It’s time for the Met to stop subsidising gun owners

Caroline Pidgeon is leader of  Liberal Democrats on the London Assembly.
Caroline Pidgeon is leader of Liberal Democrats on the London Assembly.
Readers of this website will be fully aware that pressures on the Met’s policing budget are severe.

Only last month Her Majesty’s Inspectorate of Constabulary set out some of the long term pressures facing the Met, stating:

“Although the force is looking ahead through financial forecasting, it has yet to develop detailed plans on how it will meet these future saving requirements.

“At present, 57 percent of the force’s operating costs are spent on police officer pay, which is a fixed cost to meet the mayoral commitment to retain 31,957 officers. The number of police officers needed to police London beyond 2016 will almost certainly need to be reviewed to meet future savings challenges.” (page 10)

2016 is not far away and it is time that every pound spent by the Met was carefully examined.  Whether it is chauffeur driven cars for senior police officers or poor procurement policies, everything needs to be scrutinised if police resources are to go further and we are to retain the number of police officers that Londoners need and expect.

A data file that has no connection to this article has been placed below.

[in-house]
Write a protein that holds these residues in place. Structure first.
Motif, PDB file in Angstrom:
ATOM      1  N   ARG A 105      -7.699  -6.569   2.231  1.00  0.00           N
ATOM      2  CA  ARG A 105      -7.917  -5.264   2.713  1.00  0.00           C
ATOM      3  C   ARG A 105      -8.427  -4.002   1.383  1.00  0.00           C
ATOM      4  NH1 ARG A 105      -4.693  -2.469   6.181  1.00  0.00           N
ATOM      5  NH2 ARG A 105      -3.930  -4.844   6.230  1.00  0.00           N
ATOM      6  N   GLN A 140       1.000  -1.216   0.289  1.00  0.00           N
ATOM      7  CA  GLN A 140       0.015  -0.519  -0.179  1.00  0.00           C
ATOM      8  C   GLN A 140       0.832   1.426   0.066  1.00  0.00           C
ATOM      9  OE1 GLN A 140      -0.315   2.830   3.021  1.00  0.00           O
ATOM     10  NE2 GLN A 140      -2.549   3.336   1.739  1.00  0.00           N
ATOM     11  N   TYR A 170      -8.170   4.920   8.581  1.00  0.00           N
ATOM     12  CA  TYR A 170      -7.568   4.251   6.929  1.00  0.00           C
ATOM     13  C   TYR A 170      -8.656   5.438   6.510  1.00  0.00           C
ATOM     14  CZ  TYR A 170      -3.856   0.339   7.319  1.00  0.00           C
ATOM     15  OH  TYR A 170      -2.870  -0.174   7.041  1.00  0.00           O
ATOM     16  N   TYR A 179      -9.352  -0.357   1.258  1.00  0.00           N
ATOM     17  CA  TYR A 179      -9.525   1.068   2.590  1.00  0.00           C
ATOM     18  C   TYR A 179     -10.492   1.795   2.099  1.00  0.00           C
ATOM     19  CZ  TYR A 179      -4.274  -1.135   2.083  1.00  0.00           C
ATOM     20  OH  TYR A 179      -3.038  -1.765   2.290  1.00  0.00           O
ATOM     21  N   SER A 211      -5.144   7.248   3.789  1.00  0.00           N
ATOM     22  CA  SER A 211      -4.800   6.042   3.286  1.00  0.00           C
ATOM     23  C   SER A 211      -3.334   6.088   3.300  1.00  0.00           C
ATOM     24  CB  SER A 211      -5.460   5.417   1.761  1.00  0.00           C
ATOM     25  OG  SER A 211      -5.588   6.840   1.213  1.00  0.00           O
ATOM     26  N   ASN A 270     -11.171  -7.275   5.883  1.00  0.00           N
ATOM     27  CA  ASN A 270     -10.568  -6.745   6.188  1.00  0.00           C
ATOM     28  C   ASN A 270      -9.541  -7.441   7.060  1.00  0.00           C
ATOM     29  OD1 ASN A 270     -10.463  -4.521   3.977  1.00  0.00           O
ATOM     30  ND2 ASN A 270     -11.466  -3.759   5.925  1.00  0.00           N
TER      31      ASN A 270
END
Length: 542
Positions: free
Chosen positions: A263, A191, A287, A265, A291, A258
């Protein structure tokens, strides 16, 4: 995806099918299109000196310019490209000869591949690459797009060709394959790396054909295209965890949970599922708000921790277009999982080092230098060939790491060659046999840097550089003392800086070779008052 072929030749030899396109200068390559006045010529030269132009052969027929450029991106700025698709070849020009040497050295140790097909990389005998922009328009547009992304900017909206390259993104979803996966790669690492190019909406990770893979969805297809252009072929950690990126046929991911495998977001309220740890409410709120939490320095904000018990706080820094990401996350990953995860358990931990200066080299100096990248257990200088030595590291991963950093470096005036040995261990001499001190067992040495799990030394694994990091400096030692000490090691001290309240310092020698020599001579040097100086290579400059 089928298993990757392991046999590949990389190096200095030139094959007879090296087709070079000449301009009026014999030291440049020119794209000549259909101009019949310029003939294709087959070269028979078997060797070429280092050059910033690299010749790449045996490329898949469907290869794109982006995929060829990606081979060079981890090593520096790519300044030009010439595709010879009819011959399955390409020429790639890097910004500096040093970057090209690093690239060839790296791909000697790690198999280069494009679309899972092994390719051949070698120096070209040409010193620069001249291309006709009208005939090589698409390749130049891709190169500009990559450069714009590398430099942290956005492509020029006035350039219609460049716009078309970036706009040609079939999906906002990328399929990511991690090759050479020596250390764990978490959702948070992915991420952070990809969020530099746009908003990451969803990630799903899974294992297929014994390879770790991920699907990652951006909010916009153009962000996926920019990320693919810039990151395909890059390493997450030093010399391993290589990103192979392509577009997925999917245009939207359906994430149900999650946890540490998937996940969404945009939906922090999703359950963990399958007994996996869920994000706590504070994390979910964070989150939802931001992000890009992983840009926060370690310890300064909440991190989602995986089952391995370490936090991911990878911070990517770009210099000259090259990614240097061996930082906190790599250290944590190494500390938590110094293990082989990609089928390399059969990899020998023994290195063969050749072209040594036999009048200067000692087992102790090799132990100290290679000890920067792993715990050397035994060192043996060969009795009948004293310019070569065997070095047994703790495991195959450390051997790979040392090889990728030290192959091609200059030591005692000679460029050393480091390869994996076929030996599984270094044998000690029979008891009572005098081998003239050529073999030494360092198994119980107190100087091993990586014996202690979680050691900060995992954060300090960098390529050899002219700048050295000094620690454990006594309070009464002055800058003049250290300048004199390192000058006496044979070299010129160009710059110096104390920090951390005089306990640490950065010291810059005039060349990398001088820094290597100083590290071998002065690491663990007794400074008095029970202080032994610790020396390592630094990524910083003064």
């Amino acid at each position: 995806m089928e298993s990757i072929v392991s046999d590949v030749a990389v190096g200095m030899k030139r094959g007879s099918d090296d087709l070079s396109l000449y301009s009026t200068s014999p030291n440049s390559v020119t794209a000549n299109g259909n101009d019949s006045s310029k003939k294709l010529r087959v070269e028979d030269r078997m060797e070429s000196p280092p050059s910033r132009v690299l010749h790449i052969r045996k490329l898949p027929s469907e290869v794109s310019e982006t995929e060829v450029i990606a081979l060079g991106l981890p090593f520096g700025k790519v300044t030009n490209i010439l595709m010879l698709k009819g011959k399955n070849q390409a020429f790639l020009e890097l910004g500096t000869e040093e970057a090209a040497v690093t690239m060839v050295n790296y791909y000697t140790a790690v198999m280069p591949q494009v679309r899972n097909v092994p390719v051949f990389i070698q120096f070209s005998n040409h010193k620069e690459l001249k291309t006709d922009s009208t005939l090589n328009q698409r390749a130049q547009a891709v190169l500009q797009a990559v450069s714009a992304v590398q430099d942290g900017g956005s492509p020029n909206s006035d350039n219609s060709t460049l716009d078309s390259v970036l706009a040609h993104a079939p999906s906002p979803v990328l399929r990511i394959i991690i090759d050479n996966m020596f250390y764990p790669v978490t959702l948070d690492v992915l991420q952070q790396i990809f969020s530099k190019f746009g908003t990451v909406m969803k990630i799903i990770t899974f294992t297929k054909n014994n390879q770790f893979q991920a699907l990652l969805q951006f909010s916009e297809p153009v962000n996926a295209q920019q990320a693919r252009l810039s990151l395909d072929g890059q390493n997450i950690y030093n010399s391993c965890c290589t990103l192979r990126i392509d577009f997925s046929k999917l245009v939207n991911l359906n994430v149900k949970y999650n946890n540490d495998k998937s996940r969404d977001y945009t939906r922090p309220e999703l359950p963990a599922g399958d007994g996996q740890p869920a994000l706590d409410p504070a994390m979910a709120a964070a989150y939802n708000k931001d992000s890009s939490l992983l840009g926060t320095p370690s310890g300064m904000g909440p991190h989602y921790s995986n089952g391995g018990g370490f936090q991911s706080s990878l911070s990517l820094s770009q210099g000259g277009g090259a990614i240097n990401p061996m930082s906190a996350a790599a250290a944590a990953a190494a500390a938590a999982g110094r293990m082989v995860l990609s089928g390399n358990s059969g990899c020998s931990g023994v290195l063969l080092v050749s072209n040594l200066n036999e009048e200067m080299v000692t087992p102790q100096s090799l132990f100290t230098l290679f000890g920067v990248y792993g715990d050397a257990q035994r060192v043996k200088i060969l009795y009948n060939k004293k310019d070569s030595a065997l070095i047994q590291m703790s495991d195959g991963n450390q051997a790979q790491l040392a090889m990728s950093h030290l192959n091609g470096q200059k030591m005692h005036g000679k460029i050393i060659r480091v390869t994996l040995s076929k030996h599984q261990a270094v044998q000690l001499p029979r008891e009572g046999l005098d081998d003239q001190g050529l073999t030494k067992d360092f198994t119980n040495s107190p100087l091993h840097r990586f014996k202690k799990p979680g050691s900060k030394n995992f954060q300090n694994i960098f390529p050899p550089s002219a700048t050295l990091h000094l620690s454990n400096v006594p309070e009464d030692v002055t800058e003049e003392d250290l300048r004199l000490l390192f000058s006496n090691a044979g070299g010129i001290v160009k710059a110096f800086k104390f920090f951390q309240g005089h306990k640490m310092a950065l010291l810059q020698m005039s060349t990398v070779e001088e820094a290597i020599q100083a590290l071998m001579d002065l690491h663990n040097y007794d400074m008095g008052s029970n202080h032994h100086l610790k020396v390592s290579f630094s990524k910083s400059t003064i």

One small but important contribution to tackling the financial challenges facing the Met would be if the police force no longer had to subsidise gun owners.

It is now widely accepted that the fees charged for licensing firearms are nowhere near the level needed to cover costs to the police of operating a licensing system and making home security checks.

Since 2001 the cost of a five year gun licence across the UK has been frozen at £50, which in practice equates to just £10 per year. The cost of renewing a five-year licence gun licence is even lower, at just £40. By way of comparison an annual fishing rod licence costs £27, or £72 to obtain an annual licence to fish for salmon or sea trout.

To get some understanding of the significant expenditure by the police in issuing gun licences I recently asked a Mayoral Question to find out about the situation just in London. 

The reply from the Mayor of London stated that the Metropolitan Police Service’s total expenditure on carrying out checks and issuing gun licences had been in excess of £20 million since 2008.